This kind of money attracts attention.

Last year, former Prime Minister and Defense Minister Nahas Angula said he knew there was corruption within the fund during his tenure.

Investment decisions for GPIF and all other pension schemes are overseen by the Namibia Financial Institutions Supervisory Authority (Namfisa) to avoid interference.

Some argue that the fund’s money could be better spent meeting the immediate needs of the country, and not necessarily the future needs of retirees.

Windhoek Mayor Job Amupanda believes the fund should finance real estate developments.

“The GIPF is an instrument in the hands of the elites, functioning as missionaries who tell our people to expect imaginary rewards in Heaven while suffering on earth,” he said earlier this year.

“The point is, our people need to access housing now, directly from their pension – not when they turn 60. “

Despite its huge pockets, GIPF has not invested more than N $ 2 billion in housing, one of the country’s biggest problems.

The current housing backlog in Namibia stands at over 100,000 houses, while nearly one million people live in informal settlements.

GIPF has invested in housing, as well as in farms in the Zambezi region and Grove Mall in Windhoek.

Other local investments included textbook publishing, solar power, hospitals, and countless residential and commercial apartments.

The fund also holds a stake in the microcredit of civil servants, ami Letshego Namibia.

These investments are part of what the fund calls its “investment for development policy”, but not all investments pay off.


GIPF’s reputation is further marred by the millions it lost in the Development Capital Portfolio scandal around 2010.

The scandal, in which more than N $ 600 million of civil servants’ money was invested in questionable deals, led to the ousting of former GIPF chief executive Primus Hango.

The government’s dependence on the fund to buy its bonds essentially makes GPIF a major lender to the Treasury.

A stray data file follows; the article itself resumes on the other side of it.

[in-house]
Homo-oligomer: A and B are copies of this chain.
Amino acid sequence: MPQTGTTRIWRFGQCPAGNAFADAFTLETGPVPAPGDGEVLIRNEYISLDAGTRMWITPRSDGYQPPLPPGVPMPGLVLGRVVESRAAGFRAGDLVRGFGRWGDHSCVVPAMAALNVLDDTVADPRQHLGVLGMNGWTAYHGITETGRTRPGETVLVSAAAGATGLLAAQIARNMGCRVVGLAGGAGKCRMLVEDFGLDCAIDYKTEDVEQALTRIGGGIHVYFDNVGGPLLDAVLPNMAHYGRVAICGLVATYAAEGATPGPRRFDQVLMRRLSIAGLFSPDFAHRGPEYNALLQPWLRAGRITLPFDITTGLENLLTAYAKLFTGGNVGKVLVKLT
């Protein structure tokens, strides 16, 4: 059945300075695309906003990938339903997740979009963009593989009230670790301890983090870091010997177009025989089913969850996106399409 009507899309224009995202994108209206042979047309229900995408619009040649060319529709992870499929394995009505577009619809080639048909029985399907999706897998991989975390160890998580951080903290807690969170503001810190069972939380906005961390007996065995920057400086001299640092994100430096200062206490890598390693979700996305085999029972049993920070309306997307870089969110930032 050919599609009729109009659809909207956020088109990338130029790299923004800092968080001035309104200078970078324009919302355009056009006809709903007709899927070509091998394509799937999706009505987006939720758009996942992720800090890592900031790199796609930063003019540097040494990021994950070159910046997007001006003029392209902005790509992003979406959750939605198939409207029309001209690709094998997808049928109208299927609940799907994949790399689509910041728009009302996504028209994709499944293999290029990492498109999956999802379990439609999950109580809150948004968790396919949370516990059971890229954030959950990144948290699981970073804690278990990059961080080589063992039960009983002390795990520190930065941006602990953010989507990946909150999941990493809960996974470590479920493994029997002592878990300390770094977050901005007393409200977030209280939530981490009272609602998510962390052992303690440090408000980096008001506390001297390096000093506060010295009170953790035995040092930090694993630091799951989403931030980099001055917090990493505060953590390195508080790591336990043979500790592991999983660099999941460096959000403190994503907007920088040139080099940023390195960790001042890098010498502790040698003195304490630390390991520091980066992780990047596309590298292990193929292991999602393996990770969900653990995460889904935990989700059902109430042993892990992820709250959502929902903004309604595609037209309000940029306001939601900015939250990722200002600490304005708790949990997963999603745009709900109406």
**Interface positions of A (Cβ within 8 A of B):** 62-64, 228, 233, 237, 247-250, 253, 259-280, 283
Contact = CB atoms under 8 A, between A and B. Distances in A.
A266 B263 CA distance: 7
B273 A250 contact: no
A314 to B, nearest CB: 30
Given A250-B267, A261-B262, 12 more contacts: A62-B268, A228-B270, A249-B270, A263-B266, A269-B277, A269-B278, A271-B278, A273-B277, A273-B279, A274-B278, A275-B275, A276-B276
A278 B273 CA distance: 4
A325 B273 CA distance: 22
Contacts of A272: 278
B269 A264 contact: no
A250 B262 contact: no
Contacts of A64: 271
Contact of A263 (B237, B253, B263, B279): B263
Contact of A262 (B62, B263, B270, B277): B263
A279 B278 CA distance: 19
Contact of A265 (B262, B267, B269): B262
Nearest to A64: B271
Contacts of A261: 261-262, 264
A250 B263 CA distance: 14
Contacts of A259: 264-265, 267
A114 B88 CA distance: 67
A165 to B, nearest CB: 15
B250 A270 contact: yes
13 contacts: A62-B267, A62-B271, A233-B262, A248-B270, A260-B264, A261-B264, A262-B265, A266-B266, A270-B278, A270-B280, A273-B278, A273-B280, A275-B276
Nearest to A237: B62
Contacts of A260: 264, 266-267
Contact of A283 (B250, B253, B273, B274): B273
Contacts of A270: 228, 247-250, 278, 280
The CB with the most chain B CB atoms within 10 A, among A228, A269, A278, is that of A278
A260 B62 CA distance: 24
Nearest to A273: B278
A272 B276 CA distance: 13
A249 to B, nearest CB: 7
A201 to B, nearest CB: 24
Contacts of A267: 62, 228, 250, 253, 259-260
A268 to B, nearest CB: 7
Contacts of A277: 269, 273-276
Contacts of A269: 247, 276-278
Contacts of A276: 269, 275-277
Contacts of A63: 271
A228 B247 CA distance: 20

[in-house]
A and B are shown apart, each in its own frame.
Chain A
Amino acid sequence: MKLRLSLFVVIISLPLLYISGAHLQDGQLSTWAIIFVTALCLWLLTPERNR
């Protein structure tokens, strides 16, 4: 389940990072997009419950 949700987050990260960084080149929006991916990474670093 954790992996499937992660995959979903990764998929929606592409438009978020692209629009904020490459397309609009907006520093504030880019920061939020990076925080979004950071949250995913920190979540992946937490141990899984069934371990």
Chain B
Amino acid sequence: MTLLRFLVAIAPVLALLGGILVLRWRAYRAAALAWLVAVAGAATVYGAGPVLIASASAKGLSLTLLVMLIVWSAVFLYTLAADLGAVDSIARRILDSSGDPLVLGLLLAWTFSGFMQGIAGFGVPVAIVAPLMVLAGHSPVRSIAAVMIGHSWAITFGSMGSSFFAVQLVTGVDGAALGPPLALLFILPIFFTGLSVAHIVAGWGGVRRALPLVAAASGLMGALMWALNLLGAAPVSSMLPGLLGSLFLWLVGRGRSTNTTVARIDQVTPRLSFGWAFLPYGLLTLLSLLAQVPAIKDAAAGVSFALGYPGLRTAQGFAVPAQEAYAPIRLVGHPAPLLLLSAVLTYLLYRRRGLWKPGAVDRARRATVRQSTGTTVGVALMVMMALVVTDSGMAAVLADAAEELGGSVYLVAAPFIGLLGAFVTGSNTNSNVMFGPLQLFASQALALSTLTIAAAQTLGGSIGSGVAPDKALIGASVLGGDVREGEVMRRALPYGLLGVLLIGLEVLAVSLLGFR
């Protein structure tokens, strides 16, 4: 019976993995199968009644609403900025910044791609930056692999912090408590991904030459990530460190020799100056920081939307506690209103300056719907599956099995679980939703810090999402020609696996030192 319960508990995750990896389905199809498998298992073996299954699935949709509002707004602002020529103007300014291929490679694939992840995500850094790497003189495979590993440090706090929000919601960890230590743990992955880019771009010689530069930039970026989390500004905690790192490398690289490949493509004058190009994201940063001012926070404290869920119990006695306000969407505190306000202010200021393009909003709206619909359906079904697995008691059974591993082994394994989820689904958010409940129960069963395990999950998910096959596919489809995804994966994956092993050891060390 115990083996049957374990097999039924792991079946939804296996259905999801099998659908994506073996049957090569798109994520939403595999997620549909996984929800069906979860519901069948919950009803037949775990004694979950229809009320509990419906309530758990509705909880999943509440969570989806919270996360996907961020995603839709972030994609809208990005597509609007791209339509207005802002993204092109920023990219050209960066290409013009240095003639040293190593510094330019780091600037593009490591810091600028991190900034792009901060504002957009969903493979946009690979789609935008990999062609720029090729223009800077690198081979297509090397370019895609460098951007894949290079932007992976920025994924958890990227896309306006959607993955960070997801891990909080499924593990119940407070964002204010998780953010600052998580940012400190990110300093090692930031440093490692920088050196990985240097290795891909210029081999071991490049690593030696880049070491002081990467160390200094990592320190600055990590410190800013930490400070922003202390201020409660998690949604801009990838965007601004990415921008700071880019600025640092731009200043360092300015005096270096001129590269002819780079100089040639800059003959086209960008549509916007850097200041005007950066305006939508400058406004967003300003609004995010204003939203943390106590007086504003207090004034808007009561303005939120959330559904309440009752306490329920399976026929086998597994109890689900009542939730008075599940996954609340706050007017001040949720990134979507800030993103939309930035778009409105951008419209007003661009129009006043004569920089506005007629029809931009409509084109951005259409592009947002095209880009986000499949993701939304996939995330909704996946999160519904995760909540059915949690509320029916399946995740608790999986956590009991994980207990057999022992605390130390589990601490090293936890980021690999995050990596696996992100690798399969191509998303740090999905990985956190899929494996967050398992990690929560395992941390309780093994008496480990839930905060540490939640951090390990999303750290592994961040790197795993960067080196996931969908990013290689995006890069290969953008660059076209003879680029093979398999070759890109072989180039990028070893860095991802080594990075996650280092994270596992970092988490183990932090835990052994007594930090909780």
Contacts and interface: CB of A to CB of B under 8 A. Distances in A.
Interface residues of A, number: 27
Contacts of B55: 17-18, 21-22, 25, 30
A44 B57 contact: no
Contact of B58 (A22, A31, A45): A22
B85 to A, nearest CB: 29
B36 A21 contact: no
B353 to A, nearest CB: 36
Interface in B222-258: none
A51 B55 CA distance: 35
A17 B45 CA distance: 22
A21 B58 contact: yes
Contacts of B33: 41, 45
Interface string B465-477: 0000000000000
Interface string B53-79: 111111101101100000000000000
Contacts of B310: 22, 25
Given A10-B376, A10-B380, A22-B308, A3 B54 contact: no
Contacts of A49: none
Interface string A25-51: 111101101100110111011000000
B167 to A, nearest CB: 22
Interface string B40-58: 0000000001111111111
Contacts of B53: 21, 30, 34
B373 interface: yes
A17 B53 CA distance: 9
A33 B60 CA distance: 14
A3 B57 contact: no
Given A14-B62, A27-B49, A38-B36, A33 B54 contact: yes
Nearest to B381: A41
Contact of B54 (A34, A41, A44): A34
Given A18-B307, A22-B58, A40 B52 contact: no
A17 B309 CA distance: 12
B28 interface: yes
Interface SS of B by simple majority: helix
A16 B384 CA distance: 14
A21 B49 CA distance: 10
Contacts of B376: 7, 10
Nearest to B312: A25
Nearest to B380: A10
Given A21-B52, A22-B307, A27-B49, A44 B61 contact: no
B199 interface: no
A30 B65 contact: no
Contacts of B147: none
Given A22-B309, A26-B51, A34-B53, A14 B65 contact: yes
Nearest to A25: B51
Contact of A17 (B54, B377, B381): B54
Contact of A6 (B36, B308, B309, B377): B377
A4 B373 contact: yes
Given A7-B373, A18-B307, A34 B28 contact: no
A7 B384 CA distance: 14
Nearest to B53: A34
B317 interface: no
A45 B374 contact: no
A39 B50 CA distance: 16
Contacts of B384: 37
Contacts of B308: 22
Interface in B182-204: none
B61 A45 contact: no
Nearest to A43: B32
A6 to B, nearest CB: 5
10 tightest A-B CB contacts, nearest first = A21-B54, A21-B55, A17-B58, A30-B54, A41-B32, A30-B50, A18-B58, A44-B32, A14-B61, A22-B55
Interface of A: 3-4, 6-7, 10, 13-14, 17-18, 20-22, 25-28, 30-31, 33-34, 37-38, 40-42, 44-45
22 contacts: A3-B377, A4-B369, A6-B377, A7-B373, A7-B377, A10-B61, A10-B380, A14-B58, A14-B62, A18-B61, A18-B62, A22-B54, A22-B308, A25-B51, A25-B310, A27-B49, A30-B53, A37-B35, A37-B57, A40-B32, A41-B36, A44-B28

This is reinforced by the requirements for the fund to invest much of its money locally, and bonds are one of the most readily available local investments.

Then there are the conflicts of interest.

Ninety One Asset Management (formerly Investec Namibia) holds the biggest slice of the GIPF pie in Namibia, valued at N $ 15.3 billion.

Much of this happened when James Hatuikulipi was the Managing Director of Investec, which is currently in prison in connection with the Fishrot corruption scandal.

Former Finance Minister Calle Schlettwein has pushed for an investigation into allegations of favoritism between Investec Asset Management Namibia and the directors of GIPF after the arrest of two of the bosses of the investment entity.


Because GIPF makes payments to current retirees, it is not allowed to invest all of its money.

The fund has a legal obligation to keep sufficient cash to make pension payments.

He also has a huge role to play in steering the Namibian economy, said Trophy Shapange, managing director of Hangala Capital, which has pledged to manage around N $ 500 million for the fund.

“GIPF, being the largest pension fund in the country, has a high hand in the direction and shaping of our economy. GIPF alone has around N $ 54.9 billion, which is almost equivalent to our national budget for local investments, ”he said.